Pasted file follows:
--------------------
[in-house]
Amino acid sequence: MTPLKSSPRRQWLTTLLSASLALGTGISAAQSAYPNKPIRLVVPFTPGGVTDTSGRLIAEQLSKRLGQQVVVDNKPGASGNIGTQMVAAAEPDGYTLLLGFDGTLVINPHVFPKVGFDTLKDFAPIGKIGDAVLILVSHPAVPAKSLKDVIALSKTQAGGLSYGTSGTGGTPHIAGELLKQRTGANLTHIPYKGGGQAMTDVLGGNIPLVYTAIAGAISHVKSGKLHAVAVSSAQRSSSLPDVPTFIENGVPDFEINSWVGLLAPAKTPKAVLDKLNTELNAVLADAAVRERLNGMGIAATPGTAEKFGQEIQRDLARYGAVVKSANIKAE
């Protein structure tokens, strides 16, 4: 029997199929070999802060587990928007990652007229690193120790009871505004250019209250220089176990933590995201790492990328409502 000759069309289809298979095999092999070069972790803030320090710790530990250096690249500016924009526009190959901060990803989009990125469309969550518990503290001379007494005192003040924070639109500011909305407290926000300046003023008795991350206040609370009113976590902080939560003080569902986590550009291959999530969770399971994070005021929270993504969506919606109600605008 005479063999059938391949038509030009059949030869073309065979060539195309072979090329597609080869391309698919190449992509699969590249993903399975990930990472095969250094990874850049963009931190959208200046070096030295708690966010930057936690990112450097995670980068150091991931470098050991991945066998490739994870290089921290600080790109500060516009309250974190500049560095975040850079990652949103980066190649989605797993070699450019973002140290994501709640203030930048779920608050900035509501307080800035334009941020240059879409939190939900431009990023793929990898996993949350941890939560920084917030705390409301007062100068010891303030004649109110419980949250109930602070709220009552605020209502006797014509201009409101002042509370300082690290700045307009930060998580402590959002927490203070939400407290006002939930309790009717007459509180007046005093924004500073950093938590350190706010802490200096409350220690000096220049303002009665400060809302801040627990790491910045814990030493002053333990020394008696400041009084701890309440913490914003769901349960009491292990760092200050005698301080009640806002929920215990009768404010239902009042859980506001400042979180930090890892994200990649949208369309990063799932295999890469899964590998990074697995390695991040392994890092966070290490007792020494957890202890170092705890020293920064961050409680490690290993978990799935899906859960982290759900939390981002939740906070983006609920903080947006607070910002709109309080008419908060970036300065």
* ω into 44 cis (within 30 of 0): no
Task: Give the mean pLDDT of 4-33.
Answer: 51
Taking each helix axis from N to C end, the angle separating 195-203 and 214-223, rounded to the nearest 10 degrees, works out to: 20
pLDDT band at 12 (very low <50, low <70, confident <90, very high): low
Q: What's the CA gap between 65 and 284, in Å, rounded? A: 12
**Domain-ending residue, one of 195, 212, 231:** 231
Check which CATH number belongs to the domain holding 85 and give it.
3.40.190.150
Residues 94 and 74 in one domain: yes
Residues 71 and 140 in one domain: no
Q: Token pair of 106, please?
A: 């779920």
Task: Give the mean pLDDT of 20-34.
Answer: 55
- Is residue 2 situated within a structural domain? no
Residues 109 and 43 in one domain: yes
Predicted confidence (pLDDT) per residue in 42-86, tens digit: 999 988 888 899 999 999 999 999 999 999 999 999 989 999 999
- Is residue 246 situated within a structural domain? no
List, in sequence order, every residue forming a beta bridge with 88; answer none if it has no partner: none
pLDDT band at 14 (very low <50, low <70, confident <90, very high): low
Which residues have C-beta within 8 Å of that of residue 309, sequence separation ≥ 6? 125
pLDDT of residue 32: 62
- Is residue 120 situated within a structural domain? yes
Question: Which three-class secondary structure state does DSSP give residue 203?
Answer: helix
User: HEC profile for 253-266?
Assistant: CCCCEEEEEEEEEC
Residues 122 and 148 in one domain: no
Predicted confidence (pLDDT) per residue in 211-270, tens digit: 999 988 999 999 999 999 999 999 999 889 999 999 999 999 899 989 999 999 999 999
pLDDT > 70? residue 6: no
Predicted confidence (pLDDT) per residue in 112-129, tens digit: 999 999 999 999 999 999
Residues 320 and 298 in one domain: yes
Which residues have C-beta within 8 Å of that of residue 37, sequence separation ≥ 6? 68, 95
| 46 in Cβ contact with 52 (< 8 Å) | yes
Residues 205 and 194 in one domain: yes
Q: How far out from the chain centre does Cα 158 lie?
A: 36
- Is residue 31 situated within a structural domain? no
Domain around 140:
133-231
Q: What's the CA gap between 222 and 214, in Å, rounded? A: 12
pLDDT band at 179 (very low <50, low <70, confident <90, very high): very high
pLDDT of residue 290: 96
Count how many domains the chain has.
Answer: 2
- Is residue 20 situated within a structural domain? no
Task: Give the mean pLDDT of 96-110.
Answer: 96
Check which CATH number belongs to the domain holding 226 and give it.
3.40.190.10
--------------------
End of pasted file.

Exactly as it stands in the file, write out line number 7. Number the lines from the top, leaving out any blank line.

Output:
Taking each helix axis from N to C end, the angle separating 195-203 and 214-223, rounded to the nearest 10 degrees, works out to: 20